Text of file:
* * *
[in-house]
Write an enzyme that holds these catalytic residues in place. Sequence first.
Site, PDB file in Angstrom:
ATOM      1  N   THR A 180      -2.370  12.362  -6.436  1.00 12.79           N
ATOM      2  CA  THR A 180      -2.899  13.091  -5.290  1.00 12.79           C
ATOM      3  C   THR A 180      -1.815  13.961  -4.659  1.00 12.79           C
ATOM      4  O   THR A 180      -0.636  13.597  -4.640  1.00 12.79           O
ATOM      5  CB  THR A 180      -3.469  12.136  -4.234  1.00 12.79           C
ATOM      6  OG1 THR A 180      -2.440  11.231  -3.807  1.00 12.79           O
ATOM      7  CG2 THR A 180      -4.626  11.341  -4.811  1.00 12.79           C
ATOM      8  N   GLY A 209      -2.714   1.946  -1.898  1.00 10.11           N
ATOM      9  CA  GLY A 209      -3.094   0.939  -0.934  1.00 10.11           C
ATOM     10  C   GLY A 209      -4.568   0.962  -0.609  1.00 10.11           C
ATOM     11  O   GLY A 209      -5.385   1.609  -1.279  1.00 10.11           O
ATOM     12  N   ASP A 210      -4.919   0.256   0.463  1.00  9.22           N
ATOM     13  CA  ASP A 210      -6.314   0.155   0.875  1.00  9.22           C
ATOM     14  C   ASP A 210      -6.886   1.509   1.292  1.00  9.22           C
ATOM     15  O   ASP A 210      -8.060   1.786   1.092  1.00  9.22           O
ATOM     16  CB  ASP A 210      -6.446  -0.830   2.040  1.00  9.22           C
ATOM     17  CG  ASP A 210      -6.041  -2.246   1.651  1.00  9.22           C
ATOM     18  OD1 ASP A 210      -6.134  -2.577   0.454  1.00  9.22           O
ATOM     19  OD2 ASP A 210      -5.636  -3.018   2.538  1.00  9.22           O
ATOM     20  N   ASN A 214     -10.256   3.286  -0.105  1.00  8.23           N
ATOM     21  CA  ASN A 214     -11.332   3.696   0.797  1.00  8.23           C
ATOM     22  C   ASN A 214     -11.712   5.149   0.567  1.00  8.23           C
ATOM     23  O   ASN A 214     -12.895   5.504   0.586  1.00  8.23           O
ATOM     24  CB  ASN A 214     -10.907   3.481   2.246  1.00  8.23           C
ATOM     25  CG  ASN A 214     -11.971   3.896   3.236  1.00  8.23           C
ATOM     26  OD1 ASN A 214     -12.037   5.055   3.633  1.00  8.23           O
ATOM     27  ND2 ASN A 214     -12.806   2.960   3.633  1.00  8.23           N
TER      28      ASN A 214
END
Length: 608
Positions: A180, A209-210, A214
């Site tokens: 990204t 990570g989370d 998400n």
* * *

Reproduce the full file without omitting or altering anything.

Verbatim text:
[in-house]
Write an enzyme that holds these catalytic residues in place. Sequence first.
Site, PDB file in Angstrom:
ATOM      1  N   THR A 180      -2.370  12.362  -6.436  1.00 12.79           N
ATOM      2  CA  THR A 180      -2.899  13.091  -5.290  1.00 12.79           C
ATOM      3  C   THR A 180      -1.815  13.961  -4.659  1.00 12.79           C
ATOM      4  O   THR A 180      -0.636  13.597  -4.640  1.00 12.79           O
ATOM      5  CB  THR A 180      -3.469  12.136  -4.234  1.00 12.79           C
ATOM      6  OG1 THR A 180      -2.440  11.231  -3.807  1.00 12.79           O
ATOM      7  CG2 THR A 180      -4.626  11.341  -4.811  1.00 12.79           C
ATOM      8  N   GLY A 209      -2.714   1.946  -1.898  1.00 10.11           N
ATOM      9  CA  GLY A 209      -3.094   0.939  -0.934  1.00 10.11           C
ATOM     10  C   GLY A 209      -4.568   0.962  -0.609  1.00 10.11           C
ATOM     11  O   GLY A 209      -5.385   1.609  -1.279  1.00 10.11           O
ATOM     12  N   ASP A 210      -4.919   0.256   0.463  1.00  9.22           N
ATOM     13  CA  ASP A 210      -6.314   0.155   0.875  1.00  9.22           C
ATOM     14  C   ASP A 210      -6.886   1.509   1.292  1.00  9.22           C
ATOM     15  O   ASP A 210      -8.060   1.786   1.092  1.00  9.22           O
ATOM     16  CB  ASP A 210      -6.446  -0.830   2.040  1.00  9.22           C
ATOM     17  CG  ASP A 210      -6.041  -2.246   1.651  1.00  9.22           C
ATOM     18  OD1 ASP A 210      -6.134  -2.577   0.454  1.00  9.22           O
ATOM     19  OD2 ASP A 210      -5.636  -3.018   2.538  1.00  9.22           O
ATOM     20  N   ASN A 214     -10.256   3.286  -0.105  1.00  8.23           N
ATOM     21  CA  ASN A 214     -11.332   3.696   0.797  1.00  8.23           C
ATOM     22  C   ASN A 214     -11.712   5.149   0.567  1.00  8.23           C
ATOM     23  O   ASN A 214     -12.895   5.504   0.586  1.00  8.23           O
ATOM     24  CB  ASN A 214     -10.907   3.481   2.246  1.00  8.23           C
ATOM     25  CG  ASN A 214     -11.971   3.896   3.236  1.00  8.23           C
ATOM     26  OD1 ASN A 214     -12.037   5.055   3.633  1.00  8.23           O
ATOM     27  ND2 ASN A 214     -12.806   2.960   3.633  1.00  8.23           N
TER      28      ASN A 214
END
Length: 608
Positions: A180, A209-210, A214
């Site tokens: 990204t 990570g989370d 998400n």